The C Standard clearly distinguishes between undefined, unspecified, and implementation-defined behavior.

Implementation-defined behavior represents non-determinism: There are multiple, clearly defined possibilities how the program may behave. The programmer can rely on the fact that it will follow one of these possibilities, but cannot assume which one. We have seen an example of unspecified behavior in Subsection 4.8.3: C does not (fully) specify the order in which the sub-expressions of an expression are evaluated. If the sub-expressions have side effects that do not intermingle, the program may have different behaviors. Annex J.1 of the C Standard documents the unspecified behavior.

Implementation-defined behavior refers to unspecified behavior where the compiler always selects a specific possibility. This choice is consistent for all programs that are translated with this compiler. Examples for implementation-defined properties are the maximal length of an identifier, the number-representation for signed integers (two's complement, one's complement, etc.), the size of the integer types, etc.. Annex J.3 of the C Standard documents the cases of implementation-defined behavior.

Subsection 4.15.2 Security Problems

Negligence with undefined behavior can lead to errors that not only crash programs, but present severe security vulnerabilities. The classic example for this is the buffer overflow. Assume an attacker has the binary code produced by a compiler for a C program.

They can now exploit unchecked stores into arrays (usually character strings) to manipulate the contents of the run-time stack. This way, they can change the program's control flow and ultimately inject malicious code into a program.

Consider the following example program:

void foo(char const *msg) {
    char nice_msg[32];
    sprintf(nice_msg, "The message is: \"%s\"", msg);
    ...
}

The sprintf function is similar to fprintf, but it does not write the formatted string to a file or output, but rather into an array that is provided as the first parameter. The behavior is undefined if the array is not large enough to hold the entire resulting string.

Let us assume that the compiler emits the following MIPS code for foo:

addiu  $sp $sp -36
sw     $ra 32($sp)

# Code loading the address of
# "The messa ..." to $a1
move   $a2 $a0
move   $a0 $sp
jal    sprintf
...

lw     $ra 32($sp)
addiu  $sp $sp 36
jr     $ra

The local variables of the C program are stored on the stack of the MIPS machine. For simplicity, we further assume that foo is called with an argument that is received via the network or read from mass storage, as it is common in practice.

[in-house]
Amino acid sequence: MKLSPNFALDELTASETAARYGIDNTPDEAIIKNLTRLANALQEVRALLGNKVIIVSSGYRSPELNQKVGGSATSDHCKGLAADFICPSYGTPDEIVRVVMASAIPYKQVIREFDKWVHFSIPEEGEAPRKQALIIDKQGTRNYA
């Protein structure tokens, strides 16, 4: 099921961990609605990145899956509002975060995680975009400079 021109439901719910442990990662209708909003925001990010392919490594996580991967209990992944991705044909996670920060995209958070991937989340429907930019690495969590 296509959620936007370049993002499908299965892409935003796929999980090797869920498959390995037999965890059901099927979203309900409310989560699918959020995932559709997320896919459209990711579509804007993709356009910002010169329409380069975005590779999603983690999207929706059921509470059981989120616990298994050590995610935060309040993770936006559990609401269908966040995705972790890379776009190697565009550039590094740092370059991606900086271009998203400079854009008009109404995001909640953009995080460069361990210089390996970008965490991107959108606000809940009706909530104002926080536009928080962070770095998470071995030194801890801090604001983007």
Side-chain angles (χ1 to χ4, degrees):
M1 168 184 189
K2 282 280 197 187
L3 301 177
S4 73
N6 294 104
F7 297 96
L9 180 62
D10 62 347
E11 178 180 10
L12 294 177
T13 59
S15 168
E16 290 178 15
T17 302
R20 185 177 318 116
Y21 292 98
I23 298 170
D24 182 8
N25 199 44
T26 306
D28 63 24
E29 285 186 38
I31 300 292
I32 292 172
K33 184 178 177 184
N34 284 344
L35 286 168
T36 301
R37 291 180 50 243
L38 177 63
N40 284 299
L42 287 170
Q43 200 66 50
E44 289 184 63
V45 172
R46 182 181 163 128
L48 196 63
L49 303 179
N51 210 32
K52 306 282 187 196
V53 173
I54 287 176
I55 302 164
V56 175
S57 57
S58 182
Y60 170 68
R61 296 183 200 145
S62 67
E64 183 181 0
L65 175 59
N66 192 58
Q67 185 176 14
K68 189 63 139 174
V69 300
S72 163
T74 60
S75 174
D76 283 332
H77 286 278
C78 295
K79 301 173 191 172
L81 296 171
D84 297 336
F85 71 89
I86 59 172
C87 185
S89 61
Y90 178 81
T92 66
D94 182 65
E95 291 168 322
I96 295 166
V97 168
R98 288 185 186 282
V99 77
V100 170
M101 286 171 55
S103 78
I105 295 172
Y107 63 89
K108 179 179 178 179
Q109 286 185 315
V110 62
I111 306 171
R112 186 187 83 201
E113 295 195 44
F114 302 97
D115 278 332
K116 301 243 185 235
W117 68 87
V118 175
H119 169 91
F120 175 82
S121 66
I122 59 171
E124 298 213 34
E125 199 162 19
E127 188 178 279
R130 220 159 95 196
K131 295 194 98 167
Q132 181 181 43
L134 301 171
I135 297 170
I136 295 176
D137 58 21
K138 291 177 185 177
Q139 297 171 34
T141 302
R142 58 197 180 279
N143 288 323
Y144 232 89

The problematic part of foo is that it writes the provided string to a buffer with a fixed size (here 32) without checking whether the buffer overflows. What if "The message is: " concatenated with msg has more than 31 characters? Since sprintf only has the address of the destination array, the function does not know the array's size and can therefore not check against it. Therefore, it will potentially write to addresses behind the destination array in the machine's sequential memory. This destroys the consistency of the run-time stack and allows the attacker to overwrite the return address that has been saved on the stack by foo.

Figure 4.15.1. Memory excerpt of the run-time stack when calling foo

Assume the attacker knows the value of the stack pointer at the call. Then, they can fabricate a character string that inserts (almost) arbitrary code into the program. This code is part of the character string (as bytes of the binary encoded machine instructions). The attacker just needs to overwrite the return address with an address further up on the stack, where the first instruction to be executed is stored when the string is written to the stack.

When calling foo with a string of more than 15 characters, the behavior is undefined. Therefore, the compiler can ignore this exceptional situation and just emits machine code that implements the defined behavior. The machine code emitted by the compiler shown here has a behavior, but not the C program. The attacker in this example exploits this fact.

Such attacks depend on the way the program is compiled. In our example, the attacker needs to know the value of the stack pointer when foo is entered exactly to forge a fitting return address. Studying the program's binary code in detail is essential for this kind of attack.

By now, simple buffer overflow attacks can be mitigated by prohibiting that the compiler executes code that resides on the stack. Modern compilers can also sacrifice some execution speed to recognize overwritten return addresses. Attackers however continue to find ways to circumvent these mitigations. For example, the former mitigation can be avoided with so-called return-oriented programming 9 , which does not inject new code to the stack, but misuses existing code snippets from the program itself for its malicious code. To this day, there is little effective protection from such attacks that does not affect the program's execution speed severely.

Subsection 4.15.3 Undefined Behavior and the Compiler

Modern compilers use undefined behavior to optimize programs. As C only gives meaning to executions without exceptional situations, the compiler only needs to generate code that is correct for such executions. Conversely, the compiler can gain information for optimization opportunities from operations that can have undefined behavior.